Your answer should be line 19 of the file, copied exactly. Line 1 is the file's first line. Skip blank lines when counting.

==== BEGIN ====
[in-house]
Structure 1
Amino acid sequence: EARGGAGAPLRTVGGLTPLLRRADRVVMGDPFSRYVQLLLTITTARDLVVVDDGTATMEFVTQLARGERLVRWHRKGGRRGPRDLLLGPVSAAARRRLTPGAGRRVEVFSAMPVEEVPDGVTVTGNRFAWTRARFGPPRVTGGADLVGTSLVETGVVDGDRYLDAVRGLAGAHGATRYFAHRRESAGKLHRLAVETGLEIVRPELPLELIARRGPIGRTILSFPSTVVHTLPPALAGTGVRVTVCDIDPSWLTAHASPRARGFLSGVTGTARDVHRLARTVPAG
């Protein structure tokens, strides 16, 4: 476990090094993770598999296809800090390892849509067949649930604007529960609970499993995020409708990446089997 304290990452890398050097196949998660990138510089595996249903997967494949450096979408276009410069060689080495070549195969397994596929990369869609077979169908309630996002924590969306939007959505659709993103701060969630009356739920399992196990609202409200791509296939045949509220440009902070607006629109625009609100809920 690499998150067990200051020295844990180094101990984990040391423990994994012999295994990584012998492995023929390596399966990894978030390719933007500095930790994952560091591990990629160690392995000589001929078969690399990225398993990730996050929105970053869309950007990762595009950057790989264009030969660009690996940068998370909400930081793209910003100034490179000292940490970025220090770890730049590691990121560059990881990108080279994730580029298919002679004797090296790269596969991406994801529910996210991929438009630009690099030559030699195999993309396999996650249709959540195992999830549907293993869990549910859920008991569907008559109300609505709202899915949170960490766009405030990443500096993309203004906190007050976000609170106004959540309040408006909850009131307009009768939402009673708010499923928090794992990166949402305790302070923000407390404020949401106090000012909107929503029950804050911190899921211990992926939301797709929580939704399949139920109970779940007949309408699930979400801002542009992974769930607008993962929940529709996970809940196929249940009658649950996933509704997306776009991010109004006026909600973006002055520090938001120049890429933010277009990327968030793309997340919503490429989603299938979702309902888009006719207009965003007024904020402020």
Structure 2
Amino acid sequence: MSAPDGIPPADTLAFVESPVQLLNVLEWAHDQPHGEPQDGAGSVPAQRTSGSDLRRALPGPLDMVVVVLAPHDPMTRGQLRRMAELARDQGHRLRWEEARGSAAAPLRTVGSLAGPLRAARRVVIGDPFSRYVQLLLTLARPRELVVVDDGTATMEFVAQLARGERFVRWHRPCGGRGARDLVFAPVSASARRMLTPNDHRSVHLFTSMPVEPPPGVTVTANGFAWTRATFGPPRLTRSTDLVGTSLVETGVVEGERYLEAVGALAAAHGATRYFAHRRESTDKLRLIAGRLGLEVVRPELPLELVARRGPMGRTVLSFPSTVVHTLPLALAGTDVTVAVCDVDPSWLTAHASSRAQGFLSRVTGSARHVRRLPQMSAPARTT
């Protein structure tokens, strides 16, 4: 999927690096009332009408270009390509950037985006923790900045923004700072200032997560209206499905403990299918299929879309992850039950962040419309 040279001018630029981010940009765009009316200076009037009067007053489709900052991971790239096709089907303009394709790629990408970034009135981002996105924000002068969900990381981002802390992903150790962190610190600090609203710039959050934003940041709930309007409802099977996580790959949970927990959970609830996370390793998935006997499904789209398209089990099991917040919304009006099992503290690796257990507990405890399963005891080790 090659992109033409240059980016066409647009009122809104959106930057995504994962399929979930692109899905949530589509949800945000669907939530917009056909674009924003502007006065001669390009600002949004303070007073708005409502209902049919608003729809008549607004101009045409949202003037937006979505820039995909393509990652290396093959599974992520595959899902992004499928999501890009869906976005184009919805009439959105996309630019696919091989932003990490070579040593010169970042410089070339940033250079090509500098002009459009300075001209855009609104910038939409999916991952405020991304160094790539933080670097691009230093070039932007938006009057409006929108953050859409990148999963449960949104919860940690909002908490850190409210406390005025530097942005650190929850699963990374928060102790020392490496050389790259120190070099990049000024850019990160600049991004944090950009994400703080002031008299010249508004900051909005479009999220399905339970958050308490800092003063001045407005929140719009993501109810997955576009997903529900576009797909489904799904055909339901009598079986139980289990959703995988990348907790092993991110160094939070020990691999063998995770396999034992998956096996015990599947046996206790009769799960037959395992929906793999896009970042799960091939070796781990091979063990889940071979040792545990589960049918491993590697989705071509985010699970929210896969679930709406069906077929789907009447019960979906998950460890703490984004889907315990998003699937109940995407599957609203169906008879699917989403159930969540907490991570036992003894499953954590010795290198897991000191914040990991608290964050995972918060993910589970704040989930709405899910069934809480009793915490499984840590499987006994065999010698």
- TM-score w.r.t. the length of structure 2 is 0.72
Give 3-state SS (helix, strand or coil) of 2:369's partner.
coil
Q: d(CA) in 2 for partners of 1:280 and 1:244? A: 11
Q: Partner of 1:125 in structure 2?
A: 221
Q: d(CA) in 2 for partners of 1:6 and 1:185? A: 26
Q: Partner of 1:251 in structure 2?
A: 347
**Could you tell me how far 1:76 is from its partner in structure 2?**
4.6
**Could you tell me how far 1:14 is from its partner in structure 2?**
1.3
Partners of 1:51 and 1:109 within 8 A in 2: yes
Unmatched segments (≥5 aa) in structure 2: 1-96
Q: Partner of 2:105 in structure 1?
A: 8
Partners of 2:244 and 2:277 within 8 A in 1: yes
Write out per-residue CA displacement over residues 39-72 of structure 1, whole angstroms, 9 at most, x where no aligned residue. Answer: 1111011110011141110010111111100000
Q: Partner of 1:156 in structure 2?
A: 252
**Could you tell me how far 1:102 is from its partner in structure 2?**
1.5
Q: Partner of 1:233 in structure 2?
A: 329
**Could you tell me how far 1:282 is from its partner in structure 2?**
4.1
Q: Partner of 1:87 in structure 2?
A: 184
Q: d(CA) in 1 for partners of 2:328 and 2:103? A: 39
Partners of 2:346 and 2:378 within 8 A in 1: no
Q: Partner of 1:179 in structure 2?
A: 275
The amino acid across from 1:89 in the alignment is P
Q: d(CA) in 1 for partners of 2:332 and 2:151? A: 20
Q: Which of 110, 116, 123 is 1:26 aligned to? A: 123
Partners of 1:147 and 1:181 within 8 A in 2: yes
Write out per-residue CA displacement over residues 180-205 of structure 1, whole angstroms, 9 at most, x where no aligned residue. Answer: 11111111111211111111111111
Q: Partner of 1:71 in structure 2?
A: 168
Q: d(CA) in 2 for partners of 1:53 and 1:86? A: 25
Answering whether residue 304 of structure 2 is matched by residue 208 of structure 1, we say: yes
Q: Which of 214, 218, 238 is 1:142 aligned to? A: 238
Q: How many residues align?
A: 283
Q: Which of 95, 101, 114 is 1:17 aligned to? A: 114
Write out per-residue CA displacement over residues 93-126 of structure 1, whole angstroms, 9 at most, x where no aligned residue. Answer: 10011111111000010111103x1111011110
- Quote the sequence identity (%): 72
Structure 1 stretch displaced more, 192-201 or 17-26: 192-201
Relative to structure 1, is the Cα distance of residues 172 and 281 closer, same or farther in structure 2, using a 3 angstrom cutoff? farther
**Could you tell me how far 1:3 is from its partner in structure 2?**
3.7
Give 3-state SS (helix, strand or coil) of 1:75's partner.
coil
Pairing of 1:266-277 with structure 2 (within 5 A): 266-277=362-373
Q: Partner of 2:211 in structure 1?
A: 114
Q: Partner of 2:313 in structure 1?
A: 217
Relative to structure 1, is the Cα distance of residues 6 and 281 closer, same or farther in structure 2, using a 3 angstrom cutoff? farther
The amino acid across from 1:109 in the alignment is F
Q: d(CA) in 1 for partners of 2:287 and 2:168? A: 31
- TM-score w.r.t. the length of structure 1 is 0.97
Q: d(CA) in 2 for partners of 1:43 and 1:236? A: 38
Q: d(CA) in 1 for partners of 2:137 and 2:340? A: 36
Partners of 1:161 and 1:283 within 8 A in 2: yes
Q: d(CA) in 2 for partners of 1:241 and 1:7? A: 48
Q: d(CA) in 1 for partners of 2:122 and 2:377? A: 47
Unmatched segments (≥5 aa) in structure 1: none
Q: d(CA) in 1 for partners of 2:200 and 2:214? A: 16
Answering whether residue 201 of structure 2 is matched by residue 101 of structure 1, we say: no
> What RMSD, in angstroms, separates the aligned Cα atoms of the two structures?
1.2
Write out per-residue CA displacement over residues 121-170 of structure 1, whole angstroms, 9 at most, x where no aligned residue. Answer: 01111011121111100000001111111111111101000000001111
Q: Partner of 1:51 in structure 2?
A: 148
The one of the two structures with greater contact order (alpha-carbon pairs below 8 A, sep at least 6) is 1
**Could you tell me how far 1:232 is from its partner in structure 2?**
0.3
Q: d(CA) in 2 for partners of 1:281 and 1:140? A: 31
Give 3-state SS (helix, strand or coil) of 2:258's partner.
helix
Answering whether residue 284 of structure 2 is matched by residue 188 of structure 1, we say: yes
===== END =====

**Could you tell me how far 1:14 is from its partner in structure 2?**